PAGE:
As I wrote about last week, I’ve been diving a lot into apps’ privacy policies recently. And I was recently made aware of a new type of app I never knew existed — family trackers.

There are countless mobile apps for parents to track their children or other family members based on their location, phone usage, and even driving speed. As an anxious soon-to-be-parent, this sounds intriguing to me — it’d be a supped-up version of Find my Friends on Apple devices so I’d never have to ask my teenager (granted, I’m many years away from being at that stage of my life) when they were coming home or where they were.

Just as with all other types of mobile apps, there are pitfalls, though.

Life360, one of the most popular of these types of apps and even tells users what their maximum driving speed was on a given trip, was found in December 2021 to be selling precise location data on its users, potentially affecting millions of people. Once that precise location data is out there, there is no telling who could eventually get a hold of it. Even if Life360 doesn’t intend to let adversaries see this information, they don’t have direct control over how those third parties handle the information once it’s sold off.

The app’s current and updated privacy policy states that it "may also share location information with our partners, such as Cuebiq and its Partners, for tailored advertising, attribution, analytics, research and other purposes,” though users do have the ability to opt out of this inside the app.

There is hardware that offers this same type of tracking. Jealous, angry or paranoid spouses and parents have used Apple’s AirTags in the past to unknowingly track people, eventually to the point that Apple had to address the issue directly and provide several updates to AirTags’ security and precise location alerts to make it easier for users to find potentially unwanted AirTags on their cars or personal belongings.

This is truthfully just an area of concern I had never considered before. Many parents would do anything for their children’s safety, which is certainly understandable. But just like personal health apps, we need to consider the security trade-offs here, too. As we’ve said before, no one truly has “nothing to hide,” especially when it comes to minors or vulnerable populations. I’m not saying using any of these apps is inherently wrong, or that AirTags do not have their legitimate purposes. But any time we welcome this software and hardware into our homes and on our devices, it’s worth considering what sacrifices we might be making elsewhere.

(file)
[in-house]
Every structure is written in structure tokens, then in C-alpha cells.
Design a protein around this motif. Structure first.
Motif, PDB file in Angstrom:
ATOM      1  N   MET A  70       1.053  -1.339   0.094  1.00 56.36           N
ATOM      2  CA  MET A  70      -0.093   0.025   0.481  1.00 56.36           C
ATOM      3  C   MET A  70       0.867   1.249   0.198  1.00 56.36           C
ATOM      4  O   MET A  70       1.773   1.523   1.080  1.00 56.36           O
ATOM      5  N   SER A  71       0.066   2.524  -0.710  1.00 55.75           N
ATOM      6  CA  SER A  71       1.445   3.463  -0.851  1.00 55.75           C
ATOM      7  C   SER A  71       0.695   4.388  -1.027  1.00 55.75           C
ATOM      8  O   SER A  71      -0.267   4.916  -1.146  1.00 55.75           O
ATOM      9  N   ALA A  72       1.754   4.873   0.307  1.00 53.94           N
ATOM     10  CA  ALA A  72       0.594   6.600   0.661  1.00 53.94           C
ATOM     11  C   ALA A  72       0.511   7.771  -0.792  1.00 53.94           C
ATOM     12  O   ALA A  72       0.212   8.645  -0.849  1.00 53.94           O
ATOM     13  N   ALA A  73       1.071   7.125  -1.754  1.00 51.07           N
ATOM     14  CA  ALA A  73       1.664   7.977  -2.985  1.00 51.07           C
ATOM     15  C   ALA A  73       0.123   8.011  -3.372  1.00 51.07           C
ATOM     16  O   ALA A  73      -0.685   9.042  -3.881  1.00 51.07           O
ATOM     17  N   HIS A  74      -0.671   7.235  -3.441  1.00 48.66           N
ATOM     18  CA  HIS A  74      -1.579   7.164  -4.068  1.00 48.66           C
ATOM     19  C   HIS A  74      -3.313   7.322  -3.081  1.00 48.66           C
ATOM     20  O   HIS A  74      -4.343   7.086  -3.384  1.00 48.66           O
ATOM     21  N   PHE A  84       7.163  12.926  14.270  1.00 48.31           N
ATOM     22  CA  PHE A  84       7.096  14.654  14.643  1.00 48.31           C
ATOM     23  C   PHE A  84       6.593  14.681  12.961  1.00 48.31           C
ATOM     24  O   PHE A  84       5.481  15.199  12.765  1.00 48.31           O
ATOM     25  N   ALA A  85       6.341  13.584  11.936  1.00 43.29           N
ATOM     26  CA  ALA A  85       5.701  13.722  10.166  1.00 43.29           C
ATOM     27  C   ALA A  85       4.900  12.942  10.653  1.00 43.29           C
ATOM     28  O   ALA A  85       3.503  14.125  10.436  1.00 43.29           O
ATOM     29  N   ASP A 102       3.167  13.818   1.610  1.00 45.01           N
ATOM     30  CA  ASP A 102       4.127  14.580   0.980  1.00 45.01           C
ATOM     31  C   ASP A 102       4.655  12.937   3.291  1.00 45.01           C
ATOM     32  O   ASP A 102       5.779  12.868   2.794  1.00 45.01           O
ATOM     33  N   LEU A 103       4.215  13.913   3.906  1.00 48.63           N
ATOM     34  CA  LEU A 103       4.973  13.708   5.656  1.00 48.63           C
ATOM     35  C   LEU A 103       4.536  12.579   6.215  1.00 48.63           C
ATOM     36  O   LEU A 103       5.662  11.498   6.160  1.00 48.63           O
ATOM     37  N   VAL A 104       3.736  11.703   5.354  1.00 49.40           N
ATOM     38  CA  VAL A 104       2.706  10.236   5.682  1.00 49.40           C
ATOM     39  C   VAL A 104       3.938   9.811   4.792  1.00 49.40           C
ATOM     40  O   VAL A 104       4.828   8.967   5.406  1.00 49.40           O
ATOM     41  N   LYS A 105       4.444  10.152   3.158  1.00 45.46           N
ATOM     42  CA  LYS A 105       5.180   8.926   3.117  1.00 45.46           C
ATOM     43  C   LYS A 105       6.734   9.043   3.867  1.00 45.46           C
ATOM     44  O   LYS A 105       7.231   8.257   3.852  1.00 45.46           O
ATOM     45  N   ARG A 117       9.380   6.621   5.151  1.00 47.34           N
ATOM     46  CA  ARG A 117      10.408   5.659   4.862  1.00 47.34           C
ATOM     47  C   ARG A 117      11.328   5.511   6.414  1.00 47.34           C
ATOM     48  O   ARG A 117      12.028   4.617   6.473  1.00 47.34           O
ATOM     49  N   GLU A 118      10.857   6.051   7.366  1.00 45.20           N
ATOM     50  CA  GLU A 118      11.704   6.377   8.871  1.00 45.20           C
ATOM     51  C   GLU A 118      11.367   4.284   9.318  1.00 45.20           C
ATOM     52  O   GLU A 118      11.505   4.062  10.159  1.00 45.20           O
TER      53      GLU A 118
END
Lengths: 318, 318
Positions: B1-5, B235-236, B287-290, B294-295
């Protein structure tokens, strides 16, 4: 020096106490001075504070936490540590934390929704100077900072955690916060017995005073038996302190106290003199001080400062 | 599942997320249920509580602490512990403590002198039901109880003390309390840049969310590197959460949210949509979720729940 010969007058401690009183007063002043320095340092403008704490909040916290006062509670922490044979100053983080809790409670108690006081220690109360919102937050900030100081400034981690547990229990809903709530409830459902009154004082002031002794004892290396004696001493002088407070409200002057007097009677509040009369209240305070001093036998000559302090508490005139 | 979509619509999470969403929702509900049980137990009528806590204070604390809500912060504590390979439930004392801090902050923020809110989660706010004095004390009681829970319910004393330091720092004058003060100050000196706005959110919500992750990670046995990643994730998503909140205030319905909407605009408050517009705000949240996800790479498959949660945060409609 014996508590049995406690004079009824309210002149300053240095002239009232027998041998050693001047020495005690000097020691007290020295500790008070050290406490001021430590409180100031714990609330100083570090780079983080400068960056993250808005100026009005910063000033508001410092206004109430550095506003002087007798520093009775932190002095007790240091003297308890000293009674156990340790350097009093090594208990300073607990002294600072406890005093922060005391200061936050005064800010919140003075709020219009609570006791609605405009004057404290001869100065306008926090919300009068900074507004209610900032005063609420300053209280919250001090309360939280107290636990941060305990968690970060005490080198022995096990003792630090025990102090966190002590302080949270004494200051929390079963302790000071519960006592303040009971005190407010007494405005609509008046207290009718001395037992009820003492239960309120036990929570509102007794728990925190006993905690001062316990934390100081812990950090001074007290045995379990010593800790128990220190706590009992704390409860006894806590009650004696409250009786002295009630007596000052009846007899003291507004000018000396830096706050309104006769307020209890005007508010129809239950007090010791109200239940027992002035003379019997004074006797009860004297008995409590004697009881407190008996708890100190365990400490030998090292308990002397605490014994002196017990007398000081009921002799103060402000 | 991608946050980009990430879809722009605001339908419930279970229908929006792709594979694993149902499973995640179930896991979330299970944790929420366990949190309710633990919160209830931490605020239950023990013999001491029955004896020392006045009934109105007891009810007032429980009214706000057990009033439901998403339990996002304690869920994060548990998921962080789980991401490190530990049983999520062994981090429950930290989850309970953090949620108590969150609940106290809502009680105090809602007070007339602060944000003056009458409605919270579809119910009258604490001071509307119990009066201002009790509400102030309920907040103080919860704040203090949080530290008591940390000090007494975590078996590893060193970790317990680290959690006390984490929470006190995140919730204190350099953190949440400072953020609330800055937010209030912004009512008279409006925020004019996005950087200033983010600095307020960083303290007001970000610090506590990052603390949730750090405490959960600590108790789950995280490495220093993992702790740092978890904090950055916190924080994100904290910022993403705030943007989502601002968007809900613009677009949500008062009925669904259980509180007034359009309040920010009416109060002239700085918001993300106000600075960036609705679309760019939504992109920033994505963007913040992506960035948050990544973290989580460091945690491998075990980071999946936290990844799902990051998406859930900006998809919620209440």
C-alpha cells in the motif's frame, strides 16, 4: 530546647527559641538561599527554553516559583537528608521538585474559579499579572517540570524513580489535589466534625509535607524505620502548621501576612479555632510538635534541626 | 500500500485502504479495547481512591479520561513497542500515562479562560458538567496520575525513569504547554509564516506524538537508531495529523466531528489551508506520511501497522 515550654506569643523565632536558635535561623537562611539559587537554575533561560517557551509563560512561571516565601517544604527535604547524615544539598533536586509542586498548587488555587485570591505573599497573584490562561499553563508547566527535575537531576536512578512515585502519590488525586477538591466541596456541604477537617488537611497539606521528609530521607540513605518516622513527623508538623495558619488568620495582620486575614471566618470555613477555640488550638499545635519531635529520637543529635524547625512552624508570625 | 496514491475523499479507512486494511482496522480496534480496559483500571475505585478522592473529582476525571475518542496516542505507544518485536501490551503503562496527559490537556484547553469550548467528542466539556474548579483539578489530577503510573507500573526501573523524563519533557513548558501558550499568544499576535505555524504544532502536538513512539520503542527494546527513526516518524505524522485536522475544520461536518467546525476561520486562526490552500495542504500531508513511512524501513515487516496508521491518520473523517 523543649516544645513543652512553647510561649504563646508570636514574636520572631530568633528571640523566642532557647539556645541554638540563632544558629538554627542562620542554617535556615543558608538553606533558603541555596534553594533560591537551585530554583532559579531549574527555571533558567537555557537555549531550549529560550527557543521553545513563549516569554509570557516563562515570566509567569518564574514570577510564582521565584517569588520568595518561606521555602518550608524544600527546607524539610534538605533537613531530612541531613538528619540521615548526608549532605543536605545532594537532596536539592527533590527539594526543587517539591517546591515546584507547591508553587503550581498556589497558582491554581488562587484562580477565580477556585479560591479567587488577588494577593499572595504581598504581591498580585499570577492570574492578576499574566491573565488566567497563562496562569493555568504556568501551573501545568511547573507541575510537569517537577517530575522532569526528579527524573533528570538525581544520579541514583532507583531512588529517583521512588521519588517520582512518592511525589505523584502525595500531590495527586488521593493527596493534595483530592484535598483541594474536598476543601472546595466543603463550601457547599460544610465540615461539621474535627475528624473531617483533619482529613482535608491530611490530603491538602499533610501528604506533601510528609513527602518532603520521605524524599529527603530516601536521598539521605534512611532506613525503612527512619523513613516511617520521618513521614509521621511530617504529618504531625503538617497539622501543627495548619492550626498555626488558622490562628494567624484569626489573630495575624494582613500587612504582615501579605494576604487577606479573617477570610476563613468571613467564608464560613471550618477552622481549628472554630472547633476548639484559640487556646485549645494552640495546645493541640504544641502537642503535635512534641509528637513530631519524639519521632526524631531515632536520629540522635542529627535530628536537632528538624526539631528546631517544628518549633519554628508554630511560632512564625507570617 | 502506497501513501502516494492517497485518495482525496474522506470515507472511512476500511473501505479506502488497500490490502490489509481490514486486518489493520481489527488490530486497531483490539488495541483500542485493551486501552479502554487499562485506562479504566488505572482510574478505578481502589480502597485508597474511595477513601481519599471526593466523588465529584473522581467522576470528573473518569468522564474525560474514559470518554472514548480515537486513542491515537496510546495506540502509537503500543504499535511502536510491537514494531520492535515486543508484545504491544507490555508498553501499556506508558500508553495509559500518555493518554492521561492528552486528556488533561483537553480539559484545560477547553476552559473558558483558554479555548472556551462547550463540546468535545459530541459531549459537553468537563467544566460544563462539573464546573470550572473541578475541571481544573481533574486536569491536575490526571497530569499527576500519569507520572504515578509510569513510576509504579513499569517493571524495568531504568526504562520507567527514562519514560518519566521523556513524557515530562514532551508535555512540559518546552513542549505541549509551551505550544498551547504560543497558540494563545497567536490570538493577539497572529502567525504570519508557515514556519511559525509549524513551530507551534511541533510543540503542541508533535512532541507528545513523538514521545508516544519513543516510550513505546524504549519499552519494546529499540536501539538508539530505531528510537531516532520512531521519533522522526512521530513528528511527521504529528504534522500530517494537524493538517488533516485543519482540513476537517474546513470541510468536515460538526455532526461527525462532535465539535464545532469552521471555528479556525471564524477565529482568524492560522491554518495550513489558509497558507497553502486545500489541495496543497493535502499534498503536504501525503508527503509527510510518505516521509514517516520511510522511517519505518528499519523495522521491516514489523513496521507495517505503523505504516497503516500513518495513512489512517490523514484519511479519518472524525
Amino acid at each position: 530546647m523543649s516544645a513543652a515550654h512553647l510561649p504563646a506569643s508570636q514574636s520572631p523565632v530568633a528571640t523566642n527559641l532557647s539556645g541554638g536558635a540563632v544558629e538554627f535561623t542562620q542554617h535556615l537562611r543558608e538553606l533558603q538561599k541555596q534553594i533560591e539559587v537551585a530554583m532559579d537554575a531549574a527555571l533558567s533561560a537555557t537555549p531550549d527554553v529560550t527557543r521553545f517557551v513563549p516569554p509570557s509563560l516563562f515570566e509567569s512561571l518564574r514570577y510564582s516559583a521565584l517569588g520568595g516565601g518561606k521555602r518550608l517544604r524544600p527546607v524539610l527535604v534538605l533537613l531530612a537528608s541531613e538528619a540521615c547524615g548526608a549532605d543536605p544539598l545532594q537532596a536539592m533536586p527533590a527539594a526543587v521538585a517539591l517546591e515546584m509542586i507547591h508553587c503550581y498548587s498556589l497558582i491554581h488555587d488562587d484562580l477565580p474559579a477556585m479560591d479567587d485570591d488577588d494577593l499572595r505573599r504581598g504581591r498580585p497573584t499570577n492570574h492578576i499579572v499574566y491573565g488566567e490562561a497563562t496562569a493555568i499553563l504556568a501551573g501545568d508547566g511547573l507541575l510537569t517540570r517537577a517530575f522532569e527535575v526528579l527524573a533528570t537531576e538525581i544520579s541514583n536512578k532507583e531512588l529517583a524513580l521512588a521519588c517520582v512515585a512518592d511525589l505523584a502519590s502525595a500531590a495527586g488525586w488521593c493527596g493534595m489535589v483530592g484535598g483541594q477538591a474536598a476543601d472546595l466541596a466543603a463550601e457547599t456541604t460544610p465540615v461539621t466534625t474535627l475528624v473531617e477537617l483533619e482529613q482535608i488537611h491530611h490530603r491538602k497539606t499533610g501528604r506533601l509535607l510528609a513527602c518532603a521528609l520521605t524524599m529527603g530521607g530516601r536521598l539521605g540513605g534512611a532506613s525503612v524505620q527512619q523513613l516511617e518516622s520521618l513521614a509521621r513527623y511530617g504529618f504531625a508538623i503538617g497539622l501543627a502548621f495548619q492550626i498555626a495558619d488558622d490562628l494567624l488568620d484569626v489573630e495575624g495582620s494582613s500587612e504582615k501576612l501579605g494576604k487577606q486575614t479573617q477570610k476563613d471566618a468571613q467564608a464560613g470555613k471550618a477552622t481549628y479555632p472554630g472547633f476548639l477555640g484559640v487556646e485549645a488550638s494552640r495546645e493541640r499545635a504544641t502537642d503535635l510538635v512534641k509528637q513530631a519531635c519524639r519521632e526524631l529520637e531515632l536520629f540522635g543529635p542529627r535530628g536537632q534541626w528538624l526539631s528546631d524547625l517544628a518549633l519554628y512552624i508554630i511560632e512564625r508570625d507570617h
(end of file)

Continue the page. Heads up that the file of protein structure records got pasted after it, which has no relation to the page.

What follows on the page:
The one big thing

Microsoft warned last week of the exploitation of two recently disclosed vulnerabilities collectively referred to as "ProxyNotShell," affecting Microsoft Exchange Servers 2013, 2016 and 2019. One of these vulnerabilities could allow an attacker to execute remote code on the targeted server. Limited exploitation of these vulnerabilities in the wild has been reported. CVE-2022-41040 is a Server-Side Request Forgery (SSRF) vulnerability, while CVE-2022-41082 enables Remote Code Execution (RCE) when PowerShell is accessible to the attackers.

Top security headlines from the week

More than 2 million Australians’ personal information is at risk after a data breach at telecommunications giant Optus. More than 1.2 million customers have had at least one ID number from a current and valid form of identification, along with other personal data, according to an update from the company’s CEO. Adding to the confusion, the company told many residents in New South Wales that it would need to replace their driver’s license, only to later backtrack to say that would not be the case for everyone affected. Optus says it enlisted a third party to complete a thorough review of the compromise to identify security gaps and any other potential fallout. (ABC News, Nine News)

The Vice Society ransomware group leaked more than 500 GB worth of data on employees and students at the unified Los Angeles School District after the district refused to pay a requested extortion payment after a ransomware attack several weeks ago. Officials said the leak was less extensive than originally expected and limited to attendance and academic records from 2013 - 2016. The district declined to pay the ransom because there was no guarantee that the actors would not leak the information anyway. Threat actors have commonly targeted the education sector with ransomware attacks as the school year started and their networks were particularly vulnerable. (Axios, Los Angeles Times)

The infamous Lazarus Group threat actor continues to ramp up its activity, recently exploiting open-source software and Dell hardware to target companies all over the globe. A recent report from Microsoft found that the group was impersonating contributors to open-source projects and injecting malicious updates for that software to users. In a separate campaign, the APT also used an exploit in a Dell firmware driver to deliver a Windows rootkit targeting an aerospace company and high-profile journalist in Belgium. Lazarus Group is known for operating with North Korean state interests, often stealing cryptocurrency or finding other ways to earn money. (Bleeping Computer, Security Affairs)

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